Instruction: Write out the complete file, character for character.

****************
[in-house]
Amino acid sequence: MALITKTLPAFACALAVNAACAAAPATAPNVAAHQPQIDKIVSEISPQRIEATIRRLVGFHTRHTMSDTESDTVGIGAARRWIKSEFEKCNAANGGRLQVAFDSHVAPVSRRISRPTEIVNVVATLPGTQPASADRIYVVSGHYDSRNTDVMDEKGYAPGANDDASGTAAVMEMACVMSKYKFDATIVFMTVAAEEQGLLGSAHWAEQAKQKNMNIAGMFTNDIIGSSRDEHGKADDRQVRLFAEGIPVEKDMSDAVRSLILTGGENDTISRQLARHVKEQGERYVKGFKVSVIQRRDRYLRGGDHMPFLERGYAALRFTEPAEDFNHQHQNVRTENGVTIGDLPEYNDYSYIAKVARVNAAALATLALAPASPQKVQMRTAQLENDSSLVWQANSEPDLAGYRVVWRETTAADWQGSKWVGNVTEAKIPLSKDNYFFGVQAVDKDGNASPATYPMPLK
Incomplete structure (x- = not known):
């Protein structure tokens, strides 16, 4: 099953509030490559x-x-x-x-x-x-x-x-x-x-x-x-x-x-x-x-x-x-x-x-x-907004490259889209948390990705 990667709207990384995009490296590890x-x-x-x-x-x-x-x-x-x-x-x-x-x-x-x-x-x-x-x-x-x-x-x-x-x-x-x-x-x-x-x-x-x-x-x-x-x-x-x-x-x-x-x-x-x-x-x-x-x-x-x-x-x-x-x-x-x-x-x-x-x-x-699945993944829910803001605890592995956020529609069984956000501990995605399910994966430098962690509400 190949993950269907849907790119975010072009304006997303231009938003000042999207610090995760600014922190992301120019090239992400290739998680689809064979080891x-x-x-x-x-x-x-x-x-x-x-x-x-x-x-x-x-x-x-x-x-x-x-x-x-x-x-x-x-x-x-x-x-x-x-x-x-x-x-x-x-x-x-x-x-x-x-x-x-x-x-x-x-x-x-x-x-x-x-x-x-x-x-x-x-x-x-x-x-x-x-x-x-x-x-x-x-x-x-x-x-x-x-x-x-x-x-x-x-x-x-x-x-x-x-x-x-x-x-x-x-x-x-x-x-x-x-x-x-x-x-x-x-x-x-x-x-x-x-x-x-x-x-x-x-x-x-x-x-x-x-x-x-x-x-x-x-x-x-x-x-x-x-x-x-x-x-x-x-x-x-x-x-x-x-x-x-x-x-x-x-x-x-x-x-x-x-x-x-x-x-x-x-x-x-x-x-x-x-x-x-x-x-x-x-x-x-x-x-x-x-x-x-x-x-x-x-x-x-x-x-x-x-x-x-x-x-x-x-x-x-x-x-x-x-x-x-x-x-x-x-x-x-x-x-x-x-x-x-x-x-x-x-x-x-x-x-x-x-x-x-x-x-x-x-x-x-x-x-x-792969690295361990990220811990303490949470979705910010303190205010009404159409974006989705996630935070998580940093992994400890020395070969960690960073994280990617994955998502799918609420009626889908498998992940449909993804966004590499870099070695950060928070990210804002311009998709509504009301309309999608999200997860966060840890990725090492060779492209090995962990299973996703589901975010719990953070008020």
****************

[in-house]
Amino acid sequence: MALITKTLPAFACALAVNAACAAAPATAPNVAAHQPQIDKIVSEISPQRIEATIRRLVGFHTRHTMSDTESDTVGIGAARRWIKSEFEKCNAANGGRLQVAFDSHVAPVSRRISRPTEIVNVVATLPGTQPASADRIYVVSGHYDSRNTDVMDEKGYAPGANDDASGTAAVMEMACVMSKYKFDATIVFMTVAAEEQGLLGSAHWAEQAKQKNMNIAGMFTNDIIGSSRDEHGKADDRQVRLFAEGIPVEKDMSDAVRSLILTGGENDTISRQLARHVKEQGERYVKGFKVSVIQRRDRYLRGGDHMPFLERGYAALRFTEPAEDFNHQHQNVRTENGVTIGDLPEYNDYSYIAKVARVNAAALATLALAPASPQKVQMRTAQLENDSSLVWQANSEPDLAGYRVVWRETTAADWQGSKWVGNVTEAKIPLSKDNYFFGVQAVDKDGNASPATYPMPLK
Incomplete structure (x- = not known):
């Protein structure tokens, strides 16, 4: 099953509030490559x-x-x-x-x-x-x-x-x-x-x-x-x-x-x-x-x-x-x-x-x-907004490259889209948390990705 990667709207990384995009490296590890x-x-x-x-x-x-x-x-x-x-x-x-x-x-x-x-x-x-x-x-x-x-x-x-x-x-x-x-x-x-x-x-x-x-x-x-x-x-x-x-x-x-x-x-x-x-x-x-x-x-x-x-x-x-x-x-x-x-x-x-x-x-x-699945993944829910803001605890592995956020529609069984956000501990995605399910994966430098962690509400 190949993950269907849907790119975010072009304006997303231009938003000042999207610090995760600014922190992301120019090239992400290739998680689809064979080891x-x-x-x-x-x-x-x-x-x-x-x-x-x-x-x-x-x-x-x-x-x-x-x-x-x-x-x-x-x-x-x-x-x-x-x-x-x-x-x-x-x-x-x-x-x-x-x-x-x-x-x-x-x-x-x-x-x-x-x-x-x-x-x-x-x-x-x-x-x-x-x-x-x-x-x-x-x-x-x-x-x-x-x-x-x-x-x-x-x-x-x-x-x-x-x-x-x-x-x-x-x-x-x-x-x-x-x-x-x-x-x-x-x-x-x-x-x-x-x-x-x-x-x-x-x-x-x-x-x-x-x-x-x-x-x-x-x-x-x-x-x-x-x-x-x-x-x-x-x-x-x-x-x-x-x-x-x-x-x-x-x-x-x-x-x-x-x-x-x-x-x-x-x-x-x-x-x-x-x-x-x-x-x-x-x-x-x-x-x-x-x-x-x-x-x-x-x-x-x-x-x-x-x-x-x-x-x-x-x-x-x-x-x-x-x-x-x-x-x-x-x-x-x-x-x-x-x-x-x-x-x-x-x-x-x-x-x-x-x-x-x-x-x-x-x-x-x-x-x-792969690295361990990220811990303490949470979705910010303190205010009404159409974006989705996630935070998580940093992994400890020395070969960690960073994280990617994955998502799918609420009626889908498998992940449909993804966004590499870099070695950060928070990210804002311009998709509504009301309309999608999200997860966060840890990725090492060779492209090995962990299973996703589901975010719990953070008020």